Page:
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September 2011
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November 2011

Machines of Loving Grace
[yMusic: Beautiful Mechanical]



So, here we have Beautiful Mechanical by yMusic, and Beautiful Mechanical by yMusic is that Great Good Thing, a collection of music in which each individual piece stands niftily on its own and in which the selection and sequencing of the pieces in relation to one another provides that extra smackerel of satisfaction that is the mark of a Really Fine Record Album. 

yMusic is a six-member ensemble cofounded by Rob Moose (violin/guitar) and C J Camerieri (trumpet/french horn) and includes four other hard-working New York musicians: Alex Sopp (flute/piccolo), Nadia Sirota (viola), Clarice Jensen (cello), and Hideaki Aomori (clarinets of all descriptions). All of the members are active in both the alt-classical/indie classical/whatever world [as suggested by this collection being released by New Amsterdam Records] and as collaborators, collectively and individually, in an array of other musical projects. They are at home equally in concert hall, studio, or dive bar, wherever the music may take them. (Daniel Kushner has written a thoroughly informative profile of yMusic's origins and world view, here.)

Beautiful Mechanical collects seven pieces by six composers, all written with the yMusic players in mind. Only two of the composers are best known as capital-C Composers; the other four are more commonly thought of as songwriters and performers. The quality of all seven compositions renders that a distinction without a difference.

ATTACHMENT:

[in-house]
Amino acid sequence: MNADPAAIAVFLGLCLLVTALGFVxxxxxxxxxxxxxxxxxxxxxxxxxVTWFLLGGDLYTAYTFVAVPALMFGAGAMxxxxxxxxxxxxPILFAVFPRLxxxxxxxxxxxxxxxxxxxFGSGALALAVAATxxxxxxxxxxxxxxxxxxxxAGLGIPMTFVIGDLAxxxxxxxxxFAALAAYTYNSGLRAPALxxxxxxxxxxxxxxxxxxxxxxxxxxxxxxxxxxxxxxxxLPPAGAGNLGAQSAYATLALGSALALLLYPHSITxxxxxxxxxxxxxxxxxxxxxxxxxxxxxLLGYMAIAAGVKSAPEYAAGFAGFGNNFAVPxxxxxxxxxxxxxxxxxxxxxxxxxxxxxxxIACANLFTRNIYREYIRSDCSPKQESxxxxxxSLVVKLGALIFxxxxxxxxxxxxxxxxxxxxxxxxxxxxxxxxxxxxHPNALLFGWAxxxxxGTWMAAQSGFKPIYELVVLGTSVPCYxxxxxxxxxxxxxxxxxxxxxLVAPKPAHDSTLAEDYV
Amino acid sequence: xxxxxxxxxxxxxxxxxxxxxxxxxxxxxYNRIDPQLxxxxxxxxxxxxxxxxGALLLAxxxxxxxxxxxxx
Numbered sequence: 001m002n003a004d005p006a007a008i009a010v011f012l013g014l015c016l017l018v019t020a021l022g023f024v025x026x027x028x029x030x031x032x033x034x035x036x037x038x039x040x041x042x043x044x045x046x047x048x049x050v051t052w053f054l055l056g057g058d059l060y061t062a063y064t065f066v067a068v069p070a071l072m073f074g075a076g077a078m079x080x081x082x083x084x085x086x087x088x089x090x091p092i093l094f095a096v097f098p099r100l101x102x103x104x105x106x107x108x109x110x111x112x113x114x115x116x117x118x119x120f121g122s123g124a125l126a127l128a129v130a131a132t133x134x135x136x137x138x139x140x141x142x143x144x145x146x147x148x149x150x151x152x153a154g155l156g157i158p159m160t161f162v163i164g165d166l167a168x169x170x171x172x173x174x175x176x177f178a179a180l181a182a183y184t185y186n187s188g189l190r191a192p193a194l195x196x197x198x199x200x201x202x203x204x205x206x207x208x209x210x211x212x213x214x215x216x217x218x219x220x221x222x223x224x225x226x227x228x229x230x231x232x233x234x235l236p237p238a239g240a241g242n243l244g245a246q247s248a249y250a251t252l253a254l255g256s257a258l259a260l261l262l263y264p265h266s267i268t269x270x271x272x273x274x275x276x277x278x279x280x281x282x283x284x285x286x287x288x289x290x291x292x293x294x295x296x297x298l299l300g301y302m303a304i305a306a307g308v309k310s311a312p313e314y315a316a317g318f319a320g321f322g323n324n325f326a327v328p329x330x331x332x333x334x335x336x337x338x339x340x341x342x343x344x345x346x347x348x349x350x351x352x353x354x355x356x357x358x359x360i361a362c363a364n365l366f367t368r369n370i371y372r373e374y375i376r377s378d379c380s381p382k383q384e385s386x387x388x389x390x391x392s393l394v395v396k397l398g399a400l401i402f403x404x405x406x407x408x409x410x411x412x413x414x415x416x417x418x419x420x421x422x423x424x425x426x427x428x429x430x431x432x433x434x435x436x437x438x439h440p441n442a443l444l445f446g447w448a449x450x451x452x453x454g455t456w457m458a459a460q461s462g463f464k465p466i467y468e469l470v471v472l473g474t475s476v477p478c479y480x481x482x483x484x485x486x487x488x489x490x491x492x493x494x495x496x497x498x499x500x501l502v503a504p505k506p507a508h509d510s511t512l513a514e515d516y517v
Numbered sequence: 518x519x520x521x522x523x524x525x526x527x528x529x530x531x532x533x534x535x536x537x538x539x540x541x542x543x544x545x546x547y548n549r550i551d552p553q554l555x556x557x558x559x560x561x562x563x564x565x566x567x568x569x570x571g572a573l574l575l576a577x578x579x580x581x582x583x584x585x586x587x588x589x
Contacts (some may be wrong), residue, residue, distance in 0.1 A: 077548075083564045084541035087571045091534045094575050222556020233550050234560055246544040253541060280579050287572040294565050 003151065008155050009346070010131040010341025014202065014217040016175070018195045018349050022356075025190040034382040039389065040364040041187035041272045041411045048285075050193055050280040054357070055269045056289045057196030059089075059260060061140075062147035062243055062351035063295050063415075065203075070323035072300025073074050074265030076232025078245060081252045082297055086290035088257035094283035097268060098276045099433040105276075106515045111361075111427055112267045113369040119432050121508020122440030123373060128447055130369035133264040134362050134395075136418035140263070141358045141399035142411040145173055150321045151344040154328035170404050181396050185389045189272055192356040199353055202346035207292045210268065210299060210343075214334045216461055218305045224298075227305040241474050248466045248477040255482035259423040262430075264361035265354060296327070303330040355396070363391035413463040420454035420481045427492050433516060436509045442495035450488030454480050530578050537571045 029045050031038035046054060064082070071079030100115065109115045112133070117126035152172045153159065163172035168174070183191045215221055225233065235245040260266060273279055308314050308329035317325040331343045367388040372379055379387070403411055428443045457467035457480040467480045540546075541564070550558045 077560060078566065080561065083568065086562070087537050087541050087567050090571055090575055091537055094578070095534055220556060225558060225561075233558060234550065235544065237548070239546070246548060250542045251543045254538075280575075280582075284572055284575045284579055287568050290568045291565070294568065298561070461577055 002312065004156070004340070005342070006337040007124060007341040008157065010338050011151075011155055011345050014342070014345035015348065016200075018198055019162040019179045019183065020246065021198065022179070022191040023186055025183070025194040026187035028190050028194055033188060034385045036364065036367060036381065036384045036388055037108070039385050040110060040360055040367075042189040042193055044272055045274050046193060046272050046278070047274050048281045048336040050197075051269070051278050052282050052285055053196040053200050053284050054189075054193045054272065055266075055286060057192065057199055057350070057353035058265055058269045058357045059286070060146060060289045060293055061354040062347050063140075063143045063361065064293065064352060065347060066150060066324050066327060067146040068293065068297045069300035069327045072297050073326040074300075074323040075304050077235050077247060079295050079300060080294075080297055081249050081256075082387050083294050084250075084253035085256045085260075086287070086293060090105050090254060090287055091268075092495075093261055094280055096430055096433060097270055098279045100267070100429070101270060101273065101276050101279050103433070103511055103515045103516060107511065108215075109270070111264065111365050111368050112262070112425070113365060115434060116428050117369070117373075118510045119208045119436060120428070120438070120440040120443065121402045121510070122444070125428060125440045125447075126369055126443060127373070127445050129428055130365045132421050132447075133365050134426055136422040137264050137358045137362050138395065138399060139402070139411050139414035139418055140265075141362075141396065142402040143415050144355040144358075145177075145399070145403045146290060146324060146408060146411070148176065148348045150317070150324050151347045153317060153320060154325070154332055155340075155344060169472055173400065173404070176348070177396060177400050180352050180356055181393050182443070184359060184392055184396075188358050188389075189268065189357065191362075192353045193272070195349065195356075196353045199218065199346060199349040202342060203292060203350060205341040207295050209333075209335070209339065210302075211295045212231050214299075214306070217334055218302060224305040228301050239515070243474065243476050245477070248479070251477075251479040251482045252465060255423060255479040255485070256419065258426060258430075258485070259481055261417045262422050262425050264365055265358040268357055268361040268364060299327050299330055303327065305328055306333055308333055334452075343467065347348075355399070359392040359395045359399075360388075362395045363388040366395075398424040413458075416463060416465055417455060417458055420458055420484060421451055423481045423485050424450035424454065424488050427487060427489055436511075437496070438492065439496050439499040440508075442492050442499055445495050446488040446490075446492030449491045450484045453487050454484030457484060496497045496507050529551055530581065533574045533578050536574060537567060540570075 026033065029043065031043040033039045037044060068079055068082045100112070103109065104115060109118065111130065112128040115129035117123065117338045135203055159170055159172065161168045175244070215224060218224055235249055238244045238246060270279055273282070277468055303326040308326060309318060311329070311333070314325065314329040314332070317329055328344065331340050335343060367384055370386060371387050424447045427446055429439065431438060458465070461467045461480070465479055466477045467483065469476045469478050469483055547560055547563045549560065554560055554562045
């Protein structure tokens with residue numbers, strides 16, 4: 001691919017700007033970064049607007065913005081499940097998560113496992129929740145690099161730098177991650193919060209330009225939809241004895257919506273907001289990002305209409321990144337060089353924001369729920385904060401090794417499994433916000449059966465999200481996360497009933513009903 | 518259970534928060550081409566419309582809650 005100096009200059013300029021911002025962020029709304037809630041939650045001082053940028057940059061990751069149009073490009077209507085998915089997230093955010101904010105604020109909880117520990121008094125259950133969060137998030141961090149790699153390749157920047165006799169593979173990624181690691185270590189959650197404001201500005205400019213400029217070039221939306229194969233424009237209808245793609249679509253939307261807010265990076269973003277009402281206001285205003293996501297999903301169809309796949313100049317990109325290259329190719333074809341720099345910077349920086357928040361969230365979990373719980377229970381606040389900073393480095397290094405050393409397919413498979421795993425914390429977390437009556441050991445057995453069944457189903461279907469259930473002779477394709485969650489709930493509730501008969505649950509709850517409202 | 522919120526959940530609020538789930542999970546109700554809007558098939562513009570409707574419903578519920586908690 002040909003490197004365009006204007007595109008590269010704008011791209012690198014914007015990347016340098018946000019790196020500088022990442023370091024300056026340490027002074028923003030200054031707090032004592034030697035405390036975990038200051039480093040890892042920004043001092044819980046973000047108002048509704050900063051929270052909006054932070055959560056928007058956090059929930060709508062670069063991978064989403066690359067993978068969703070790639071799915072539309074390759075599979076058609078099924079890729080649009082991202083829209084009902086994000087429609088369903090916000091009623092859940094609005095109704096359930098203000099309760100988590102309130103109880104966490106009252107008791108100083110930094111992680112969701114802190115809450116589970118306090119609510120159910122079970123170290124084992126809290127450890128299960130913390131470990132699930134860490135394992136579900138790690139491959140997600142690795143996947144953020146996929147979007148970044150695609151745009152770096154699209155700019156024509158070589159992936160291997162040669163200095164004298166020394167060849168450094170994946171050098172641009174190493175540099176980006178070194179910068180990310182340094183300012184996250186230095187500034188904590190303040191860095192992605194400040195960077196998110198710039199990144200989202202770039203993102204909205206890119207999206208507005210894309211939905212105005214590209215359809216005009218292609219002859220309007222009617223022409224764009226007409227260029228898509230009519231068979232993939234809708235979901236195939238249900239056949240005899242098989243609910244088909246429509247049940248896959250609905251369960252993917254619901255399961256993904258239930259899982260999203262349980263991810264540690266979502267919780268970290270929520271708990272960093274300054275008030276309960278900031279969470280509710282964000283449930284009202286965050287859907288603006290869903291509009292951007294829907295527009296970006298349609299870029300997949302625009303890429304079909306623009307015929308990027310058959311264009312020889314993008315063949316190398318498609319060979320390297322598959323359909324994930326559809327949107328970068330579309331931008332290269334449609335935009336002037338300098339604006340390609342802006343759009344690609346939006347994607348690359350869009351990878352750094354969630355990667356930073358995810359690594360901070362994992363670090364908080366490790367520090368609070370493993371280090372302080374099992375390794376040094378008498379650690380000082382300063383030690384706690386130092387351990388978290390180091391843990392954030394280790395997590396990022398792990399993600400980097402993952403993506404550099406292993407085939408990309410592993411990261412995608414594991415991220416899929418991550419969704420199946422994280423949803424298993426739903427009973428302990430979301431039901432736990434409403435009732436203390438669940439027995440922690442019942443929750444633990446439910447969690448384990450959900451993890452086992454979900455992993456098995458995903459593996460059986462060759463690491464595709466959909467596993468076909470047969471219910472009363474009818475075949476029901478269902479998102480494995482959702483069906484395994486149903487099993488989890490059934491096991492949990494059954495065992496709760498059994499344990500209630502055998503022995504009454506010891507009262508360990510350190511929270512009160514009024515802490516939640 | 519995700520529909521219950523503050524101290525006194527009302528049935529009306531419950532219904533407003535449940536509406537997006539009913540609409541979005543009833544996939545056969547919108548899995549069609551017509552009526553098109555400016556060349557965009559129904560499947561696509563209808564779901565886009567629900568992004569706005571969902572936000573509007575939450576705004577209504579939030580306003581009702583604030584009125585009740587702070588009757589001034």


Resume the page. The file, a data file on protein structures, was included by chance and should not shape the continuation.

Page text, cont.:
yMusic introduces itself with the titular "Beautiful Mechanical." The composer credit goes to Son Lux, the performance/production name favored by Ryan Lott. Most or all of yMusic's members appeared earlier this year on the second Son Lux album, We Are Rising (which in addition to being very good has the distinction of having been written and recorded in a single month). The more usual Son Lux sound works the darker, sparser, more angst-ridden regions of hip-hop and electronica. "Beautiful Mechanical" takes advantage of the organic warmth provided by non-electronic, non-amplified instruments while still carrying a semi-industrial edge. It is a propulsive, even sprightly piece, a distant contemporary relation of Raymond Scott's "Powerhouse" (fondly remembered as the "assembly line" music in many a Looney Toon). "Beautiful Mechanical" would be the perfect score for an image-building manufacturing documentary, of the kind that might be shown in a 6th grade classroom ca. 1961.